- Case Type:
- Case Status:
- Reversed and Remanded
- No. 18-1531 (4th Circuit, Jan 16,2019) Published
- The 4th Circuit held that a state court judgment confirming an arbitration award did not preclude plaintiff’s fraudulent transfer claims and alter-ego claims under doctrine of res judicata. With respect to the fraudulent transfer claims, the court found that arbitration served only to establish parties' respective obligations and liability under agreement, employee's fraudulent transfer claims alleged that employer depleted its corporate assets. Similarly, the alter-ego claims were not precluded because employee could not pierce corporate veil before he obtained judgment against employer.
- Procedural context:
- Plaintiff appealed the district court’s award of summary judgment in favor of his former employer and its owner, in plaintiff’s action seeking to collect on a state court judgment entered against the defendants. The district court held that plaintiff’s claims were precluded under Virginia’s doctrine of res judicata. The 4th Circuit concluded that plaintiff’s claims were not precluded, because plaintiff could not have brought those claims at the time of his earlier litigation. Accordingly, the court vacates the district court’s judgment and remanded for further proceedings.
- Defendant Virtus is a company that provides consulting services to various financial institutions. Defendant Garner is the owner and sole member of Virtus. Plaintiff Bennett was employed by Virtus and worked as the principal contact for one of Virtus’ largest clients. In 2012, Garner began negotiations to sell Virtus’ assets to the Solomon Edwards Group (“SEG”). Around the same time, the defendants and Bennett signed an agreement, in which Bennett agreed to assist in the sale in exchange for sharing in the proceeds from the sale (the “Bennett Agreement”). Under the Bennett Agreement, once the sale to SEG successfully closed, Bennett would receive a fixed cash payment made in quarterly installments. The parties also agreed that Bennett potentially could receive two annual “earn out” payments, depending on whether SEG and Garner achieved certain revenue targets in the two years following the sale. The sale of Virtus’ assets to SEG successfully closed around the end of September 2012. In accordance with the Bennett Agreement, Garner made the first two quarterly installment payments to Bennett. But, in April 2013, the defendants ceased making any further payments, claiming that Bennett had breached his obligations under the agreement. Bennett, however, maintained that he was entitled to the remaining installment payments and the “earn out” payments. The parties submitted their dispute to an arbitrator as required by the arbitration clause in the Bennett Agreement. During the arbitration proceedings, the defendants provided Bennett documents describing the structure of the SEG sale but did not produce any of Virtus’ financial records or bank statements. In response to a request seeking those financial records, the defendants stipulated that the Bennett Agreement was properly executed and that the performance metrics triggering the “earn out” payments had been “met in full.” In September 2014, the arbitrator ordered Virtus to pay Bennett $387,500. Under the terms of the Bennett Agreement, the arbitrator held Garner jointly and severally liable for $125,000 of that award. The award was confirmed by a Virginia circuit court and reduced to a judgment. Although Garner paid the portion of the award for which he personally was liable, Virtus failed to pay the remaining $262,500. After the arbitration award was confirmed, Bennett obtained Virtus’ bank statements. These statements showed that shortly before the SEG sale closed, Garner had transferred substantially all of Virtus’ cash reserves to himself. Further, Bennett learned that the SEG sale had been structured to divert all cash and other consideration from the sale to Garner personally. Thereafter, Bennett initiated an action in the district court seeking to collect on his judgment, asserting the following claims: (1) fraudulent conveyance, in violation of Virginia Code § 55-80; (2) voluntary transfer, in violation of Virginia Code § 55-81 (together, the fraudulent transfer claims); (3) a claim seeking to “pierce the corporate veil” and recover the judgment amount directly from Garner (the alter-ego claim); and (4) fraud in the inducement.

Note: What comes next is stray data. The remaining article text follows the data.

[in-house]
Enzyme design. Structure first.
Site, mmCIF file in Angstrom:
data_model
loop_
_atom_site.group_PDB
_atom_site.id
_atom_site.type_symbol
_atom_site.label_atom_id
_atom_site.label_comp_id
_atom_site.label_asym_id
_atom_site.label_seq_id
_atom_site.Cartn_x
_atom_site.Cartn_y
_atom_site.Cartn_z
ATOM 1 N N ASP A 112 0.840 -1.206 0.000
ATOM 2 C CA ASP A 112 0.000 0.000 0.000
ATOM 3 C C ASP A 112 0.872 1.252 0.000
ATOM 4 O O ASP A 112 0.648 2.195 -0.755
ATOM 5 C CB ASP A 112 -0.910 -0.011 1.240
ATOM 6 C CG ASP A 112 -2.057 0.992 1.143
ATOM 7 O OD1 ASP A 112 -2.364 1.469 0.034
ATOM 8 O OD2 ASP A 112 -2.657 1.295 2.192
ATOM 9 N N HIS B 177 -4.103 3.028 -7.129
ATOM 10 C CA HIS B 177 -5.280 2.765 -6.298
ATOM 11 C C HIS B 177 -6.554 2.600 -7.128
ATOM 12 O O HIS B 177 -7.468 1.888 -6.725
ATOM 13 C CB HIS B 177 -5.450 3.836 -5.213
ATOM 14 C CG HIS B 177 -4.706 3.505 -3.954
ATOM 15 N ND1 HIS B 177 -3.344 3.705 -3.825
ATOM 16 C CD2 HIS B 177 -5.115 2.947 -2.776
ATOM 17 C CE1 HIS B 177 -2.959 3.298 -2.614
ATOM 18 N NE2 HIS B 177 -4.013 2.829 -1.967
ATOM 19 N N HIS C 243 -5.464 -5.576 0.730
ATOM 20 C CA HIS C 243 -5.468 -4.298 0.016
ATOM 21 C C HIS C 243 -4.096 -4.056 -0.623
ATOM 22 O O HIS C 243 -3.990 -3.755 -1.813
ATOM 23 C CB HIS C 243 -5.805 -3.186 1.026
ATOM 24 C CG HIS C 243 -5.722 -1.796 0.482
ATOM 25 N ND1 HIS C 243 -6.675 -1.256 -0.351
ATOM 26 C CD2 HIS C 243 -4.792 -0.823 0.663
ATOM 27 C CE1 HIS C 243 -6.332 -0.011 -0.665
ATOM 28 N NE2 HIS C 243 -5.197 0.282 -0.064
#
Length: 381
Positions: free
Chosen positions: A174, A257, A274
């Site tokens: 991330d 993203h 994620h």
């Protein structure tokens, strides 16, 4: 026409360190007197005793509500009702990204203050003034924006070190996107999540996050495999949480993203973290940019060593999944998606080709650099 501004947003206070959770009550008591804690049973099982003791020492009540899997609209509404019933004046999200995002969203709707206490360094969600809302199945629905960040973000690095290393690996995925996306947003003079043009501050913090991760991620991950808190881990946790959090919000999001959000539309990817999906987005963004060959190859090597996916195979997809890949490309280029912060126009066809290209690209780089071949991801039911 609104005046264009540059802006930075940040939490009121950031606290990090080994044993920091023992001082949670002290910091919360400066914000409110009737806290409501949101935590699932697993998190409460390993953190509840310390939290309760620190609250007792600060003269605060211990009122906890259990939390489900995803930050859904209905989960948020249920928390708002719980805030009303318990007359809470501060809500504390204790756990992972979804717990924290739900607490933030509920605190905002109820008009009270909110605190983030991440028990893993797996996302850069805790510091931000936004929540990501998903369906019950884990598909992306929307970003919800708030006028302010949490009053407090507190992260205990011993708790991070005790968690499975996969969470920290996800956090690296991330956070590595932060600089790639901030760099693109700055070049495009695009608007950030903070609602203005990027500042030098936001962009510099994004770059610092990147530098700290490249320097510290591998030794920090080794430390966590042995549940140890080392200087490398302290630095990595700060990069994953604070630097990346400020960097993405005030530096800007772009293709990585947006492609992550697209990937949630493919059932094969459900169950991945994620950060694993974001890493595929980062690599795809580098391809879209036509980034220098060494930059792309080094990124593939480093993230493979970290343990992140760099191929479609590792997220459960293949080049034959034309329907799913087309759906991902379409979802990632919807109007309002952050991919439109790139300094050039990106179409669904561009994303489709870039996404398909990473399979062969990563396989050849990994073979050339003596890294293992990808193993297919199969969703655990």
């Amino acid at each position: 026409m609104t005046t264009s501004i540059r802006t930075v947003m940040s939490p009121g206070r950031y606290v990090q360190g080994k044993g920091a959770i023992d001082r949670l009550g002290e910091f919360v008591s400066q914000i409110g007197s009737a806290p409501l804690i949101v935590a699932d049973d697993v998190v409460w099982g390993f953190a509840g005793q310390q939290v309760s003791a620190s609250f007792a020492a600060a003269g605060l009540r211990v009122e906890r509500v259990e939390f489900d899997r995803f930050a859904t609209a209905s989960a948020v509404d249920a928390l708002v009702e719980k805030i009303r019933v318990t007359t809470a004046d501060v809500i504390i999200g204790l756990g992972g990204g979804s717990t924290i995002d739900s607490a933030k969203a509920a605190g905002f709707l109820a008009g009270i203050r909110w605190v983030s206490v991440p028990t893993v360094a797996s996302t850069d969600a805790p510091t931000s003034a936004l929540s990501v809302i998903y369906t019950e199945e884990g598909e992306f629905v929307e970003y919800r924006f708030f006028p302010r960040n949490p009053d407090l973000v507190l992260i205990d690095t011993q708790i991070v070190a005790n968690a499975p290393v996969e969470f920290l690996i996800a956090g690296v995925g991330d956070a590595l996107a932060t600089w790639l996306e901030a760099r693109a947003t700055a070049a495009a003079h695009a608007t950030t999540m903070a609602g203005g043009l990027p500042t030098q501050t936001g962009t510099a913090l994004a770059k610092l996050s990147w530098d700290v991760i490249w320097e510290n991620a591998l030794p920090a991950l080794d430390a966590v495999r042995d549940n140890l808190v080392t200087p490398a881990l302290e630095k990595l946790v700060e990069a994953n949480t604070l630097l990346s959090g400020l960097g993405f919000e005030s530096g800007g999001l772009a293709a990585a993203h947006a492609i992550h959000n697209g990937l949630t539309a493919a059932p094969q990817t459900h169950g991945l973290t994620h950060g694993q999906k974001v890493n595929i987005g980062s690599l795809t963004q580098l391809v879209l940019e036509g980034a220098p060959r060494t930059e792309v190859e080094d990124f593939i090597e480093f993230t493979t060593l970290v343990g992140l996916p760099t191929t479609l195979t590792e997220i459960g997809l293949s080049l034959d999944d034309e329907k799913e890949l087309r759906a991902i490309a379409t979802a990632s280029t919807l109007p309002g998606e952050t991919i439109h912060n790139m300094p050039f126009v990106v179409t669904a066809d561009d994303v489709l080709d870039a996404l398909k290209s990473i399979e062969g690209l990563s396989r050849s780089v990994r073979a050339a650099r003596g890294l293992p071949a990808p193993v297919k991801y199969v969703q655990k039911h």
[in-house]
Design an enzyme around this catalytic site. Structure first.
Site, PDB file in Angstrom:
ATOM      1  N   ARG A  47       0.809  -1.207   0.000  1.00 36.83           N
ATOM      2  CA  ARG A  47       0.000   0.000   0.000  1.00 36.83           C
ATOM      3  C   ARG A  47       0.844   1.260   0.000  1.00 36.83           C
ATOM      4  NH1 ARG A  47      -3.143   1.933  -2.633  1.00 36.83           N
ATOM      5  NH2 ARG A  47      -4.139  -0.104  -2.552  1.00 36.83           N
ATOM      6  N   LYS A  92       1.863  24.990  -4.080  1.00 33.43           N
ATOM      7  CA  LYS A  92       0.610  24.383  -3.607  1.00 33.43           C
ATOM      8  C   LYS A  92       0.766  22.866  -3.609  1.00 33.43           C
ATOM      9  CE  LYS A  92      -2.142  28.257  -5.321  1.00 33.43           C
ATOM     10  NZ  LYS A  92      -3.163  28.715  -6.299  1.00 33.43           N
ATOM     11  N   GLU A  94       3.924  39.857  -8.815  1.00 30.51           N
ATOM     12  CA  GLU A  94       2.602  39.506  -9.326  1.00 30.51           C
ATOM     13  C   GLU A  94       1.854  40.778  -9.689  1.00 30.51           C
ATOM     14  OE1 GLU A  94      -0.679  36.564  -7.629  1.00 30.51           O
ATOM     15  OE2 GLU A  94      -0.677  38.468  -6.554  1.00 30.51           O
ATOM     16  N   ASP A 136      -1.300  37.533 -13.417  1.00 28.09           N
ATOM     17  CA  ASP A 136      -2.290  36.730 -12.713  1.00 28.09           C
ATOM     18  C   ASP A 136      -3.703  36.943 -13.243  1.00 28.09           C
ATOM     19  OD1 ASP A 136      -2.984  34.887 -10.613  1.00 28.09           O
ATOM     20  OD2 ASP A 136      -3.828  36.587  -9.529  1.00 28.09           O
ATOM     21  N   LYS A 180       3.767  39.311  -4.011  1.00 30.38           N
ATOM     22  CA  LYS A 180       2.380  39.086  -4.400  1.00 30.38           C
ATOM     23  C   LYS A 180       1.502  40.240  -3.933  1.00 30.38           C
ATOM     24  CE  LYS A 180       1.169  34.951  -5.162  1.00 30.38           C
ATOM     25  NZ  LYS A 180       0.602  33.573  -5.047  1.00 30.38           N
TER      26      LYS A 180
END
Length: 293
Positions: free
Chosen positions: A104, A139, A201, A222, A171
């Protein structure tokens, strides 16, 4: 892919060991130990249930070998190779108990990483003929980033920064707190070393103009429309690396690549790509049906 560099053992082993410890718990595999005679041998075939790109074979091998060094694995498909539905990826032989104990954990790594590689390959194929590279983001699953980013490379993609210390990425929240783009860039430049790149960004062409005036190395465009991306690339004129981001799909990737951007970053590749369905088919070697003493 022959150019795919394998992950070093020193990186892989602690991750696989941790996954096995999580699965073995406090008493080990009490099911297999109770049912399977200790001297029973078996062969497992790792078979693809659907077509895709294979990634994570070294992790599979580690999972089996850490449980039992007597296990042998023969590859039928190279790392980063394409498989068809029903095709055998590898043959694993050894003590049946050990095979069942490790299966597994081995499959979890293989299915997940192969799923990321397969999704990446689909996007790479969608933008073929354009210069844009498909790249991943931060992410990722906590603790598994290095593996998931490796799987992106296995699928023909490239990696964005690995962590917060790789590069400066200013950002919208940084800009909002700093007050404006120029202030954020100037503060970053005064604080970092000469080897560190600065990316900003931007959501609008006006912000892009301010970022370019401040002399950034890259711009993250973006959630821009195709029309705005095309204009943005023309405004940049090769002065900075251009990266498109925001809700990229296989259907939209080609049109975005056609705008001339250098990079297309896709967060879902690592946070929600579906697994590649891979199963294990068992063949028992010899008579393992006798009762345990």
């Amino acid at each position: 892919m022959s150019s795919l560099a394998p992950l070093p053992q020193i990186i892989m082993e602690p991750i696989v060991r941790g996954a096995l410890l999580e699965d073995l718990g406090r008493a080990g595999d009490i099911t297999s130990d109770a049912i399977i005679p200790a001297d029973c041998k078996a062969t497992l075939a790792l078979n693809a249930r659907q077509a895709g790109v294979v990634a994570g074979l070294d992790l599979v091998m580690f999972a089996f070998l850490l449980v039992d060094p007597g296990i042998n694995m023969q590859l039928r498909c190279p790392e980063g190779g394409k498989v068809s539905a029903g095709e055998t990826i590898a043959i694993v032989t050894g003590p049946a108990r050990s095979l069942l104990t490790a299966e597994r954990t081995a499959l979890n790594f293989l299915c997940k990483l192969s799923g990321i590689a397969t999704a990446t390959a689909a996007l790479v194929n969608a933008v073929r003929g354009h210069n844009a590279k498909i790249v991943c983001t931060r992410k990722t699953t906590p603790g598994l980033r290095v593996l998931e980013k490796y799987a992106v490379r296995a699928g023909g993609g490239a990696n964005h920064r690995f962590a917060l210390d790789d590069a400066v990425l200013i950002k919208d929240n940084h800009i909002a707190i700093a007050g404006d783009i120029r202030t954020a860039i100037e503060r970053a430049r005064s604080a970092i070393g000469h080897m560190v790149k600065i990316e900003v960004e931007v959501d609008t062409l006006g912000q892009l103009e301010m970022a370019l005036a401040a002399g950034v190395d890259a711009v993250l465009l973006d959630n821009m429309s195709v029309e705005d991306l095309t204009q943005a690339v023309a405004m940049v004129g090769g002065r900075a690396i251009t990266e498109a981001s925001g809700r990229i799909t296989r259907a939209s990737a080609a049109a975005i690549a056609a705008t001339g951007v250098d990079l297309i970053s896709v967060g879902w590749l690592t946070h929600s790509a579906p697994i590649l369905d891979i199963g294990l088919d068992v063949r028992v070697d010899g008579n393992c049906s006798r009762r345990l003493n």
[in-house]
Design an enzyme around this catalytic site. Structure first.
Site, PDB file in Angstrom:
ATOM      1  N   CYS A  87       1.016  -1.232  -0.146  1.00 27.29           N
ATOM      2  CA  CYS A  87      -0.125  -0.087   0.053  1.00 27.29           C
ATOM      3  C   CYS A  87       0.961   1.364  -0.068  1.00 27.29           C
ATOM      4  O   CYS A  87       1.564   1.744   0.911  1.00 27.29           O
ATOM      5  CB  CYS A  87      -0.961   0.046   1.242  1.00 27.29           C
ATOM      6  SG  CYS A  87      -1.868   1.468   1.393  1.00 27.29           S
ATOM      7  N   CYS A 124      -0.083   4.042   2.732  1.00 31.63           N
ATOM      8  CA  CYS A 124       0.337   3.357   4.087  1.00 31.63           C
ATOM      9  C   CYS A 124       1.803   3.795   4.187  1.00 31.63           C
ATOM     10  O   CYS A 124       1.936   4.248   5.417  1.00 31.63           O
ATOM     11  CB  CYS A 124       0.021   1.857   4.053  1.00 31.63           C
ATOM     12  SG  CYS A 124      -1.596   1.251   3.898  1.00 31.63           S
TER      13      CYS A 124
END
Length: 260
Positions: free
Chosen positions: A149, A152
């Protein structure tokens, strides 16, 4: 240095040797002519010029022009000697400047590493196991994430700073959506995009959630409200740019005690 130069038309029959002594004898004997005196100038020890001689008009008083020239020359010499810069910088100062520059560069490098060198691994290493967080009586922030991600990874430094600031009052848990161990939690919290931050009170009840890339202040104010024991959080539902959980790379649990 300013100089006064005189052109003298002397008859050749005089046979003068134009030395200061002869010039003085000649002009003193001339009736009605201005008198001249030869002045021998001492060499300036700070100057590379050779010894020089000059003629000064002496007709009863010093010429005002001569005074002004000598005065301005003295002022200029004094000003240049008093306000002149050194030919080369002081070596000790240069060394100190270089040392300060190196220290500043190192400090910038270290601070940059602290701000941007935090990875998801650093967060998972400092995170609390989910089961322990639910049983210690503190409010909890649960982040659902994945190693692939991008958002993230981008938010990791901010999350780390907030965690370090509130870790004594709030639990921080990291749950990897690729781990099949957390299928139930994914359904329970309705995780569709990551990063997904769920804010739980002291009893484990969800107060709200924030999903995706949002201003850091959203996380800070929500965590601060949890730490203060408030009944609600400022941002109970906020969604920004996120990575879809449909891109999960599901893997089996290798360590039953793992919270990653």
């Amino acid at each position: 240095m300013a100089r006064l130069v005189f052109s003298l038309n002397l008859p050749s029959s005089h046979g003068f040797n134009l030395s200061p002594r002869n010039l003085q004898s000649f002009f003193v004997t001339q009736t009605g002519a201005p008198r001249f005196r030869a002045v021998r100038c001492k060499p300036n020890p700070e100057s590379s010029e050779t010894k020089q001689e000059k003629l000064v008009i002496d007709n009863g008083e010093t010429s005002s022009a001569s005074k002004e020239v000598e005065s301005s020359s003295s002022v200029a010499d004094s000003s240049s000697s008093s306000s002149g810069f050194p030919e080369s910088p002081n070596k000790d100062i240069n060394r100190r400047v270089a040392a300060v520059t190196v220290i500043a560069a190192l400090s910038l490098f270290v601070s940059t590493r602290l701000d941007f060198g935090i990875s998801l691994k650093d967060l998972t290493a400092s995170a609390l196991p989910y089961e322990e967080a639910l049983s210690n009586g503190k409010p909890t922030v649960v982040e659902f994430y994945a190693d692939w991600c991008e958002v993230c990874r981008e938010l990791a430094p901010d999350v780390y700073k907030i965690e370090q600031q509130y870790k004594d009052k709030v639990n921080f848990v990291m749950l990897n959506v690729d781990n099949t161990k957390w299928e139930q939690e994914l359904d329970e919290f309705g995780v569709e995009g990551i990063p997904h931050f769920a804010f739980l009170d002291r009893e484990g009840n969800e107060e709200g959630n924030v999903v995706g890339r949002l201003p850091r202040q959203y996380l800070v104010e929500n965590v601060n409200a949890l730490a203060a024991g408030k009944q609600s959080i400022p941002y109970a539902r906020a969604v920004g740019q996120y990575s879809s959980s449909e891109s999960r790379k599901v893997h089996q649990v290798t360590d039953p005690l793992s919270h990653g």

- Keenan, Floyd, and Thacker.
George Czaplinski v. Bank of America
Summarizing by Lars Fuller
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